- Facebook tracks and archives every post and private message on its network. The potential for this information to come back to haunt you is almost unlimited. There are numerous examples of individuals turned down for employment due to sexually suggestive, politically controversial, or simply “inappropriate” posts. Some employers even demand access to social networking accounts as a prerequisite to employment.
- Facebook also knows a great deal about you based on your “Likes,” the links you click, and the websites you visit that send information back to it. All this information is archived and available for marketing purposes – or for investigation.
- While you can delete information on Facebook or even remove your account entirely, it’s not clear if the data is really gone. Some messages and photos may remain on its servers for “technical reasons.” As well, keep in mind that the government may apply for a “data retention” order to force Facebook and similar companies to preserve data that you might have thought you deleted.
- Facebook’s computers continuously analyze the network of friends you create, along with the messages you send them. This analysis is designed to suggest content you might like, people you might know, or stuff you might buy. We know that the NSA closely monitors the network of friends of suspected terrorists on social media. And not just friends, but friends of those friends, etc. The more friends you have, the more likely that something you post, or someone connected to one of your friends, or a friend of one of your friends, might be deemed suspicious, triggering an investigation.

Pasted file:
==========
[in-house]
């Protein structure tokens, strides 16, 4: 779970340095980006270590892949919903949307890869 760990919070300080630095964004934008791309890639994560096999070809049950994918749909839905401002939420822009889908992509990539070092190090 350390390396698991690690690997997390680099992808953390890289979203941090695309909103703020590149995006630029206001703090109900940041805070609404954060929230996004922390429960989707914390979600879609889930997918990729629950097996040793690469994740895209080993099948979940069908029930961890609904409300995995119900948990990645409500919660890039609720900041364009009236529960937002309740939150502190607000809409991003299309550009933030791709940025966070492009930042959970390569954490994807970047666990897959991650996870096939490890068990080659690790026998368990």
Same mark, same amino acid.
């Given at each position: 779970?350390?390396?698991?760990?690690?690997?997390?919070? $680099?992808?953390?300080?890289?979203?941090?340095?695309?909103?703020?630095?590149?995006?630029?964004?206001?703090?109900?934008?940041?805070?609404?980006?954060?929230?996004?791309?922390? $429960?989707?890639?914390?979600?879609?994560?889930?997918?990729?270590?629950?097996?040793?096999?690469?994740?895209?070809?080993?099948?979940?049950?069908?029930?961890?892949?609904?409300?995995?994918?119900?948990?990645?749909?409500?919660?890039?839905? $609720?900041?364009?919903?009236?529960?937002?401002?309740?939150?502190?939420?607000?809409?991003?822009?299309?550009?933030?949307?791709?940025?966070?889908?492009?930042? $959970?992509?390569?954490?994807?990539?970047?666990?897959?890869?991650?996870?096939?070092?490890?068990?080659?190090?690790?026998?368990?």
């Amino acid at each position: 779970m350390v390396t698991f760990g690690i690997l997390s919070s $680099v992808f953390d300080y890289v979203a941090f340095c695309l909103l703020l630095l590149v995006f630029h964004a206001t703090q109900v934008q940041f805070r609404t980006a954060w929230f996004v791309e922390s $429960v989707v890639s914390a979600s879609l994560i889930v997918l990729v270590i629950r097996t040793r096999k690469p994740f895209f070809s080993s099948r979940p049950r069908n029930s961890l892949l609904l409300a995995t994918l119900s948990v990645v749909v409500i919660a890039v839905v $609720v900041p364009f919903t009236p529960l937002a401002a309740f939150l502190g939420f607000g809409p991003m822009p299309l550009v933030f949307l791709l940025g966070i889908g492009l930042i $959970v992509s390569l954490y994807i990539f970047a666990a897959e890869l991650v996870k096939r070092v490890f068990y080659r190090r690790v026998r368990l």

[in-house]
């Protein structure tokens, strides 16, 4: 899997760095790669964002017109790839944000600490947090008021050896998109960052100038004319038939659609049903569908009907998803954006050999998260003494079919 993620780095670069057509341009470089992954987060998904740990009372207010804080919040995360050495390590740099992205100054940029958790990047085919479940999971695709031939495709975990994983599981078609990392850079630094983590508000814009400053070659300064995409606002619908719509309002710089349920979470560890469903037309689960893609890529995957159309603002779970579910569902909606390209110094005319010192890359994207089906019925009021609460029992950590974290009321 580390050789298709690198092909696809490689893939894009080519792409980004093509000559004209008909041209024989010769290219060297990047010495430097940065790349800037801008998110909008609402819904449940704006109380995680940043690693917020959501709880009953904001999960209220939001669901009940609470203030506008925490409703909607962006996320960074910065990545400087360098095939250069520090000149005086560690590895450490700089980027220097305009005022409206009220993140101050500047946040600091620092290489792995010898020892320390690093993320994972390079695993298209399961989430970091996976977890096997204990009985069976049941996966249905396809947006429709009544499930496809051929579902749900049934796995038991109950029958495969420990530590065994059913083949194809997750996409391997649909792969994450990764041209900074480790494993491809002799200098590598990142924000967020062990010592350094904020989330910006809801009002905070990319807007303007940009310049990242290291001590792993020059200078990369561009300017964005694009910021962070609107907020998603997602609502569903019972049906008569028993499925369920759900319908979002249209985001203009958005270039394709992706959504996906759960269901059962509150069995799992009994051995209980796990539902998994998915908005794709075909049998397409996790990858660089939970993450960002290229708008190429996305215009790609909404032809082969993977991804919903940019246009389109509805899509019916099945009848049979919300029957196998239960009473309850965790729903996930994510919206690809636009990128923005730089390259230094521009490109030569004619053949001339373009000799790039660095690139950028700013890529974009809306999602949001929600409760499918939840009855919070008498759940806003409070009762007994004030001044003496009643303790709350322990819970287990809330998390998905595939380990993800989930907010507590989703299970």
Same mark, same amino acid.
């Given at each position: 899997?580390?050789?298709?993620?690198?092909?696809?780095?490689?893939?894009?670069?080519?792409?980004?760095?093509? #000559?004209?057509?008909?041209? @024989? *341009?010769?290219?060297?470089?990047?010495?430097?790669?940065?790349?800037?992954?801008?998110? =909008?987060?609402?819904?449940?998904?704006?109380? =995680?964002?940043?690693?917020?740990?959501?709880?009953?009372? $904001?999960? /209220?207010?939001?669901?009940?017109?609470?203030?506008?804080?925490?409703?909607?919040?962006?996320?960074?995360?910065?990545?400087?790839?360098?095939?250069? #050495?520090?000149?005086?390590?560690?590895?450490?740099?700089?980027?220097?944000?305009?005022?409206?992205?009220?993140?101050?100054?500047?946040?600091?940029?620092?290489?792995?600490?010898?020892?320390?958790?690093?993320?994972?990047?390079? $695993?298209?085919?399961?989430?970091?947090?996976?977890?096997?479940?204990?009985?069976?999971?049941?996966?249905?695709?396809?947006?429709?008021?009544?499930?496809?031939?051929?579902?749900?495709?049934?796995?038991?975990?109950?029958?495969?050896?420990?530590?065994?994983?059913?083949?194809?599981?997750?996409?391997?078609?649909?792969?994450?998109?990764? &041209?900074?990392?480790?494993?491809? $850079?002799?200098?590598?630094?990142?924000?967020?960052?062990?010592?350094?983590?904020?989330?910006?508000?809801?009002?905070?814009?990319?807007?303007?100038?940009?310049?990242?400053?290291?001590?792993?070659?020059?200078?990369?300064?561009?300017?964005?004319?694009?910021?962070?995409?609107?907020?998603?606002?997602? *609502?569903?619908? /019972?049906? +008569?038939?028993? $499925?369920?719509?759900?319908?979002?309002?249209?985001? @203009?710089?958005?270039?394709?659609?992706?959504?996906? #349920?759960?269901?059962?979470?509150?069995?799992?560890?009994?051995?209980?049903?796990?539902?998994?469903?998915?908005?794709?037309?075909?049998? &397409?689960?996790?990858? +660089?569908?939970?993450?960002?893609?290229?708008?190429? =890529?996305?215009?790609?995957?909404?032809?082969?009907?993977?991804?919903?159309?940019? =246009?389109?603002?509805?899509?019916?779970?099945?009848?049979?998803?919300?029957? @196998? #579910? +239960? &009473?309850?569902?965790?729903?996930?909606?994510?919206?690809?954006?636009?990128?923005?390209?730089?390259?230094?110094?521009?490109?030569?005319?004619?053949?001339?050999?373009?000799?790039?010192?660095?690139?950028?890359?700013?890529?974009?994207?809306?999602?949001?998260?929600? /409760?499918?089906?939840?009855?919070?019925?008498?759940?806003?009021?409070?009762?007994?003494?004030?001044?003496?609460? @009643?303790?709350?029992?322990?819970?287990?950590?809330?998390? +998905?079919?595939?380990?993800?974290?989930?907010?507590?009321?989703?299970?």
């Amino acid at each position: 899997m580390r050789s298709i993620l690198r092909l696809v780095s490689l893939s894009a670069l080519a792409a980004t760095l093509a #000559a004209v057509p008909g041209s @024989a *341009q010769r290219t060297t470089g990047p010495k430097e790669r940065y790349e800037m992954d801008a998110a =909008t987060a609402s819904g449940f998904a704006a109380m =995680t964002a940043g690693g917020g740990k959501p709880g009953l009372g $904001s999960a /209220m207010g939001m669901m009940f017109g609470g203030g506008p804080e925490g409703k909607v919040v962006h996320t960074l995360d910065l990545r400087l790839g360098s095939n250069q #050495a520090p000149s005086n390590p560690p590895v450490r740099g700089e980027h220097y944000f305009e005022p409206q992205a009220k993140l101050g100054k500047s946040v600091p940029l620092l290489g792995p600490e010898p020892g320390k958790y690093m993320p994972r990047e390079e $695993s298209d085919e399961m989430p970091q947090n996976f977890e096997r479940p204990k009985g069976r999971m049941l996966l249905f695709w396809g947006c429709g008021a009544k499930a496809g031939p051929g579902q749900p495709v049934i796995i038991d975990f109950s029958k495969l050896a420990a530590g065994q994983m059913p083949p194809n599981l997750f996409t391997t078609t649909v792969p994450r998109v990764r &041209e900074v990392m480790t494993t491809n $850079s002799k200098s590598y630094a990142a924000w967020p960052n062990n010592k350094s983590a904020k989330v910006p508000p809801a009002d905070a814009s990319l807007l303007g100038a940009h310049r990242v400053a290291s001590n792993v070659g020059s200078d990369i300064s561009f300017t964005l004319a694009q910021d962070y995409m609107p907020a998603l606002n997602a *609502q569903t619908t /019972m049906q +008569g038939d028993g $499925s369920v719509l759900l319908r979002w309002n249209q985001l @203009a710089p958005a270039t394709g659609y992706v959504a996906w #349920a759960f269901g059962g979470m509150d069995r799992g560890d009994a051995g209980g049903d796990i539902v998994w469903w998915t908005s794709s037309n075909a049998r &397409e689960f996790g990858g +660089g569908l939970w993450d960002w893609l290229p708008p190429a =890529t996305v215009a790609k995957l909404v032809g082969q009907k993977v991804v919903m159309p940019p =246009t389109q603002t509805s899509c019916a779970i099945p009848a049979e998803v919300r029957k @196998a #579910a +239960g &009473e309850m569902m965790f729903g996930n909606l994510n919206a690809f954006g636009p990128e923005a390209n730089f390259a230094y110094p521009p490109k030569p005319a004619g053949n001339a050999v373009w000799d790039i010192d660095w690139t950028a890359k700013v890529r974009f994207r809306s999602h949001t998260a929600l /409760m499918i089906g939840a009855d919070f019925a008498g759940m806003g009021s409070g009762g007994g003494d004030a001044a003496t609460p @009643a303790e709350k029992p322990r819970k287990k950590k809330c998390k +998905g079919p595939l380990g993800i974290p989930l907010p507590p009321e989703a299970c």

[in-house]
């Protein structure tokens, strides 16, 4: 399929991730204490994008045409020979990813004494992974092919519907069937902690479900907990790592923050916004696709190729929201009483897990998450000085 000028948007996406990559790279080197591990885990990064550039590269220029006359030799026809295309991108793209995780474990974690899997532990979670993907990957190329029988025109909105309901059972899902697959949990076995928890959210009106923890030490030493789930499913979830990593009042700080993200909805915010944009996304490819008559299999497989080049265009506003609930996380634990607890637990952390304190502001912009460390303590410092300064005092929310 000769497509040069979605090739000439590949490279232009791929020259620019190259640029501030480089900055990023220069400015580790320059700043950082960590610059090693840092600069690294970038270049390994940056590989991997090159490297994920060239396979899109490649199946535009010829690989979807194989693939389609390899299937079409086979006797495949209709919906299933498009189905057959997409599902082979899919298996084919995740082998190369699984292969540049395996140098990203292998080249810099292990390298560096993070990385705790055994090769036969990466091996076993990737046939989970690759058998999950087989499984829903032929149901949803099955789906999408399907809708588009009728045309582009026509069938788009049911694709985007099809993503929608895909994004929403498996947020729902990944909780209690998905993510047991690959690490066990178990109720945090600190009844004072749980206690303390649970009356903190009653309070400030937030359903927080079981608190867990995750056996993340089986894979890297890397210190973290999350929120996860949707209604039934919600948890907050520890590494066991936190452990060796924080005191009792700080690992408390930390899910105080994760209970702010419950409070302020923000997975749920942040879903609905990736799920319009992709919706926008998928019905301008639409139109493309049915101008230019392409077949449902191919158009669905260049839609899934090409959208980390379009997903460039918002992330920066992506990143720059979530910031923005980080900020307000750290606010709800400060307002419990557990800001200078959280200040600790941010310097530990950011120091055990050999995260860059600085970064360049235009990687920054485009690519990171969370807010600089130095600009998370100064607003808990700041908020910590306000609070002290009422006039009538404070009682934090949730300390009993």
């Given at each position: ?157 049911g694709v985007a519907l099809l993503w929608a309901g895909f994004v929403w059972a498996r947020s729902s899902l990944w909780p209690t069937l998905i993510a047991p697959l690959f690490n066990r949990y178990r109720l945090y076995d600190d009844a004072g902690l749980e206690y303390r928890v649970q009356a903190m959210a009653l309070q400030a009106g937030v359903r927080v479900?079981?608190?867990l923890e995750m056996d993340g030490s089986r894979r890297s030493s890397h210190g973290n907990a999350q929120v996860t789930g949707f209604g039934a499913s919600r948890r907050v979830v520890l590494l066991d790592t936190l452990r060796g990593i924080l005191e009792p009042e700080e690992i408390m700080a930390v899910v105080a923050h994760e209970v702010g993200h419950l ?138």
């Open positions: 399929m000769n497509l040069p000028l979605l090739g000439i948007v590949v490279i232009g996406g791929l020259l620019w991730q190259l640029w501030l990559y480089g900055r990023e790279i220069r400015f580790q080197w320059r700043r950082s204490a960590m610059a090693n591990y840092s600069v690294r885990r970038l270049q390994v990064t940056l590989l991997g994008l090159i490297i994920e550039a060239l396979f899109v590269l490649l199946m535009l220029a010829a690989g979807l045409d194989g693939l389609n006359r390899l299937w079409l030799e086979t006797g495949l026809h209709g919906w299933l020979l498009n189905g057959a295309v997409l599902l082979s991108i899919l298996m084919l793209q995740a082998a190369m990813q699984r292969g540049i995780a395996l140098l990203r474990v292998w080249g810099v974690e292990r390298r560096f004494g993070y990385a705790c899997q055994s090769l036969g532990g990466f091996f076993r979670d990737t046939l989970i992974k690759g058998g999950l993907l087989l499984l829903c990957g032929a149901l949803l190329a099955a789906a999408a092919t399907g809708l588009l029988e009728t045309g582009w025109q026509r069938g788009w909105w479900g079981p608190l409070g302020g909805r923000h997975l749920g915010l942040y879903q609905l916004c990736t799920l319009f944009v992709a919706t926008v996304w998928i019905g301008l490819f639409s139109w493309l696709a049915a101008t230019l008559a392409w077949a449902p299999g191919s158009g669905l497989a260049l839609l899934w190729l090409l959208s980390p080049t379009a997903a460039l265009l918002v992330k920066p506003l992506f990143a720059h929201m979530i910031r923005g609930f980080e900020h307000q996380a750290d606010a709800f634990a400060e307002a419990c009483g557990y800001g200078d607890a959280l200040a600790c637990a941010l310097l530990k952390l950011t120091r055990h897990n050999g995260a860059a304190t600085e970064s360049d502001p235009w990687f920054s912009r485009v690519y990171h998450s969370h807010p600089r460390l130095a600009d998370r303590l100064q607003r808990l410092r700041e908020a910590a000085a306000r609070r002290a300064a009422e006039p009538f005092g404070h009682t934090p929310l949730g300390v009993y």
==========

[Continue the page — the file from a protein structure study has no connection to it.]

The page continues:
- Attacks and malware aimed at social networks occur almost daily. Remember, the more information you post about yourself, the easier it is for an attacker to impersonate you and steal your identity – or pretend to be a “friend” and try to convince you to reveal information you’d prefer to keep confidential. If investigators don’t want to go through the process of asking Facebook for information about you, they can simply create a false profile and then invite you to become a friend. A prospective employer or private investigator can do the same thing to learn more about you.
The Surveillance State Seen through a 'Black Mirror'
Obama Expands Surveillance Powers on His Way Out
The Privacy Threat From Always-On Microphones Like the Amazon Echo
WhatsApp Backdoor Allows Snooping on Encrypted Messages
Big Brother Collecting Big Data — and in China, It's All for Sale
American Spies: Modern Surveillance, Why You Should Care, and What to Do About It
Hack Reveals Data Company Cellebrite Works With Everyone From US Cops to Russia
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Contact! A Tactical Manual for Post Collapse Survival
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